#71 Post by flyonthewall2983 » Tue May 29, 2018 4:05 pm

How does everyone feel about The Shawshank Redemption? It's one of my all-timers, as it made me aware at an early age of how powerful things like cinematography and music can be to enhance the story. I know that among other things it's prominence on the IMDB Top 250 rankles people, but it's still effective and works like a Swiss watch.

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Re: Stephen King on Film

#72 Post by Lost Highway » Tue May 29, 2018 4:14 pm

flyonthewall2983 wrote:
Tue May 29, 2018 4:05 pm
How does everyone feel about The Shawshank Redemption? It's one of my all-timers, as it made me aware at an early age of how powerful things like cinematography and music can be to enhance the story. I know that among other things it's prominence on the IMDB Top 250 rankles people, but it's still effective and works like a Swiss watch.
I have to admit that I find the popularity of the movie bewildering and the high regard its held in no doubt makes me dislike it even more. I only watched it once and what I came away from was that there wasn’t a single plot turn or emotion I believed in. But then I haven’t enjoyed any movie by Darabont. He lays on everything thick and then underlines it three times. Even The Walking Dead improved once he got fired (for three seasons anyway)

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Re: Stephen King on Film

#73 Post by flyonthewall2983 » Tue May 29, 2018 4:24 pm

I'll admit I was less impressed with The Green Mile (Hanks' performance being an exception, the dude was just on fire during that time anyway) and The Majestic, so I won't disagree too much with your assessment of Darabont's work, except to say with Shawshank I feel like he got everything right that one time. It's a bit of a shame that things he's done since then, in television especially, have not gotten off the ground as well as that did.

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Re: Stephen King on Film

#74 Post by colinr0380 » Tue May 29, 2018 5:01 pm

I like it a lot as a well made prison break story and one which starts bleak and hopeless and finds a light at the end of the tunnel (quite literally! It is a redemption story after all! A redemption for being a somewhat aloof husband at least, if not a murderer). After the brutal induction into the prison over the early scenes of beatings and gang rape the tone of the film settles into almost a manageable routine. Everyone finds their place in the system, and even in the worst of situations people still have lives and build things for themselves, like taking the extra schooling or building up that library. But that sense of having a role to play in the world again is perhaps an even worse situation and it becomes the main theme of the later sections of the film as feelings of self-worth are built up simply though people existing in a place for an extended period of time only to continually be dashed, by becoming institutionalised and being thrown back out into a world that really does not care if you are a 'reformed' character or not, and in the more 'filmic' way by the corrupt prison governor cooking the books, where it becomes clear if it was not already that you have to fight for your own right to life and not wait for others to deign to give it to you by just behaving properly and compliantly (or at least be compliant whilst working towards your own ends!). The film is pushing towards moments of hard won transcendence (like the record playing over the tannoy moment. Or even the suicide as the darker successful escape attempt(s)), as an actual pre-meditated act rather than something that will occur naturally anymore, in such a harsh world.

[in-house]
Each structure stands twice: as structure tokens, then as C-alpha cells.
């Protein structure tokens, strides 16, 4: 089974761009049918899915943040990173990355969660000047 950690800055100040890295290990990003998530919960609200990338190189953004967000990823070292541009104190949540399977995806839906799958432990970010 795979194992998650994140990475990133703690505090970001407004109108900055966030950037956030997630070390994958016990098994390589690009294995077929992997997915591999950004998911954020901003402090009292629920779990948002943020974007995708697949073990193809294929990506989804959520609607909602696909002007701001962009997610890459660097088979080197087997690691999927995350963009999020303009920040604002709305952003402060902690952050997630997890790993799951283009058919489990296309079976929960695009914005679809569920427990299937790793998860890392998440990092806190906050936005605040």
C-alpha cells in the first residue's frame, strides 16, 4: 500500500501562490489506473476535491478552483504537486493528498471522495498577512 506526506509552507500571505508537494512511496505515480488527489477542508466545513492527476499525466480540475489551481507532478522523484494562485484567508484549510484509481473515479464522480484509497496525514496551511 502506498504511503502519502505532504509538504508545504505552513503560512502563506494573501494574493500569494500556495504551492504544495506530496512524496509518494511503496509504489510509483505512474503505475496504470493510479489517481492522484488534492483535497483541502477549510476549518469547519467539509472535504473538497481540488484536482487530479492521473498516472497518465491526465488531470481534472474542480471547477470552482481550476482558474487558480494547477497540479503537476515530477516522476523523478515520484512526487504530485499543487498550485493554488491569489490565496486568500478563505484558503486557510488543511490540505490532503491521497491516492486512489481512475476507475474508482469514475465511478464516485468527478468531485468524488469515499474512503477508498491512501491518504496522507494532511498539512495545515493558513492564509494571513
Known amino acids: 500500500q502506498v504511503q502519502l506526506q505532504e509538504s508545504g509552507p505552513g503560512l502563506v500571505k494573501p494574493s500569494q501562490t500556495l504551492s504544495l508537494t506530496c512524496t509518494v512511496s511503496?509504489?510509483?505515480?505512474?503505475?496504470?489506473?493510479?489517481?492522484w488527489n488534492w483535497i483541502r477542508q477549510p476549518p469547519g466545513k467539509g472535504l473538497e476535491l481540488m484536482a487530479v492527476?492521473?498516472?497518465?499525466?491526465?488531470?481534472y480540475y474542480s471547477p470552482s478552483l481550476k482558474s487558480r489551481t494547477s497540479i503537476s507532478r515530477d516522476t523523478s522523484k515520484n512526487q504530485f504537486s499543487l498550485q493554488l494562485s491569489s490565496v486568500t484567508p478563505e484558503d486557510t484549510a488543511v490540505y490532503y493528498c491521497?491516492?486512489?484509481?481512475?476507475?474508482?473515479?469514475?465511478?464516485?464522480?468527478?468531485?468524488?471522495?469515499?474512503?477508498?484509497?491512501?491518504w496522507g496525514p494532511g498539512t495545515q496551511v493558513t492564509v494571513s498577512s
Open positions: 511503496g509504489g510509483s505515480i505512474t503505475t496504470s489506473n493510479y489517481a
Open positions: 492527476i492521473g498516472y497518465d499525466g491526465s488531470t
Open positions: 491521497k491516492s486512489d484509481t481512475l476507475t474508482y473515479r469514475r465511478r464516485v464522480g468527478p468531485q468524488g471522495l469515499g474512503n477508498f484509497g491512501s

To put it another way, like The Godfather it is one of those films whose appearance on things like the imdb's top 250 list is not something that upsets me. And it is good to see such a complex, sprawling yet also clearly constructed and eventually rather emotionally uplifting film (without undercutting the darker elements) be justly recognised. In other words it does not feel as completely inexplicable in being celebrated as, say, the career of Adam Sandler has always felt to me!

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Re: Stephen King on Film

#75 Post by barryconvex » Thu May 31, 2018 2:01 am

A redemption for being a somewhat aloof husband at least, if not a murderer...
I always thought the redemption was Red's. He transforms from an embittered, world weary convict into a man who has some hope for the future by the end. Hope, being the movie's big theme...